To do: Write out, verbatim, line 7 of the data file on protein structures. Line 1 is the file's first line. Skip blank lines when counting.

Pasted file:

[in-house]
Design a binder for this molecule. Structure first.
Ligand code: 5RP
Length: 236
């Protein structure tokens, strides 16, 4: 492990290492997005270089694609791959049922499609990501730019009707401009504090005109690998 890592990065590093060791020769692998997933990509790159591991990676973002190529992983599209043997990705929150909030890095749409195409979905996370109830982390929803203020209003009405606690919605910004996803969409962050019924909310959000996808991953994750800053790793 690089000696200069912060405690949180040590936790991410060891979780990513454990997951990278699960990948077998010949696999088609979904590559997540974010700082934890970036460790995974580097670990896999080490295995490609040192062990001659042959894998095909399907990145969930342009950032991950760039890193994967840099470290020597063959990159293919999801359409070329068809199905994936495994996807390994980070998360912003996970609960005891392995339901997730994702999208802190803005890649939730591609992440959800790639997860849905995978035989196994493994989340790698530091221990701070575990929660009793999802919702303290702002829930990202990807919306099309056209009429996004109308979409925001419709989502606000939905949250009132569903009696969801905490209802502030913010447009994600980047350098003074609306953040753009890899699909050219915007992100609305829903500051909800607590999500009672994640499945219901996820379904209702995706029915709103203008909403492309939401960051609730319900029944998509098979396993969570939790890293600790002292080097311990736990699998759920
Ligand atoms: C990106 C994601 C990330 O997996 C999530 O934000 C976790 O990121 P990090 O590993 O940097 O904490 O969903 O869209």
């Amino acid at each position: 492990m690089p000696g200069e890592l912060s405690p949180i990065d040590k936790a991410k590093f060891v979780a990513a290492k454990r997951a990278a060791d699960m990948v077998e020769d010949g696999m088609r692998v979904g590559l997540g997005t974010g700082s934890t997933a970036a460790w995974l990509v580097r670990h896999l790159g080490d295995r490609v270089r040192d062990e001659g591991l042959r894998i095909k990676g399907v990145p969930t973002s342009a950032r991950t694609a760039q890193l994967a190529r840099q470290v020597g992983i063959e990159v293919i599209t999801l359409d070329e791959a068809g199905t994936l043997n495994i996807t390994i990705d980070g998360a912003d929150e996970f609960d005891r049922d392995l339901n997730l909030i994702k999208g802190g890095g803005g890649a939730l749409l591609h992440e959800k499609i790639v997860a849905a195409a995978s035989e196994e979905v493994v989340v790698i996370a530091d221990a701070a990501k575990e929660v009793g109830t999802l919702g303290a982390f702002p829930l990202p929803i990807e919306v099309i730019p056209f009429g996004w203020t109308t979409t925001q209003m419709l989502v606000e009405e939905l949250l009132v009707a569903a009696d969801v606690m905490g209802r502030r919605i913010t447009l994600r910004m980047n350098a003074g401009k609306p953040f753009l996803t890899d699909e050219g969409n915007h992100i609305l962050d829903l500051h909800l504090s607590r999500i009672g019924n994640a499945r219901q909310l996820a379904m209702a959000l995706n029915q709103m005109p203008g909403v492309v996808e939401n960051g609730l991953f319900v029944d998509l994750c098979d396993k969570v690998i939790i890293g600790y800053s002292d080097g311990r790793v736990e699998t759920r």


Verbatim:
């Amino acid at each position: 492990m690089p000696g200069e890592l912060s405690p949180i990065d040590k936790a991410k590093f060891v979780a990513a290492k454990r997951a990278a060791d699960m990948v077998e020769d010949g696999m088609r692998v979904g590559l997540g997005t974010g700082s934890t997933a970036a460790w995974l990509v580097r670990h896999l790159g080490d295995r490609v270089r040192d062990e001659g591991l042959r894998i095909k990676g399907v990145p969930t973002s342009a950032r991950t694609a760039q890193l994967a190529r840099q470290v020597g992983i063959e990159v293919i599209t999801l359409d070329e791959a068809g199905t994936l043997n495994i996807t390994i990705d980070g998360a912003d929150e996970f609960d005891r049922d392995l339901n997730l909030i994702k999208g802190g890095g803005g890649a939730l749409l591609h992440e959800k499609i790639v997860a849905a195409a995978s035989e196994e979905v493994v989340v790698i996370a530091d221990a701070a990501k575990e929660v009793g109830t999802l919702g303290a982390f702002p829930l990202p929803i990807e919306v099309i730019p056209f009429g996004w203020t109308t979409t925001q209003m419709l989502v606000e009405e939905l949250l009132v009707a569903a009696d969801v606690m905490g209802r502030r919605i913010t447009l994600r910004m980047n350098a003074g401009k609306p953040f753009l996803t890899d699909e050219g969409n915007h992100i609305l962050d829903l500051h909800l504090s607590r999500i009672g019924n994640a499945r219901q909310l996820a379904m209702a959000l995706n029915q709103m005109p203008g909403v492309v996808e939401n960051g609730l991953f319900v029944d998509l994750c098979d396993k969570v690998i939790i890293g600790y800053s002292d080097g311990r790793v736990e699998t759920r």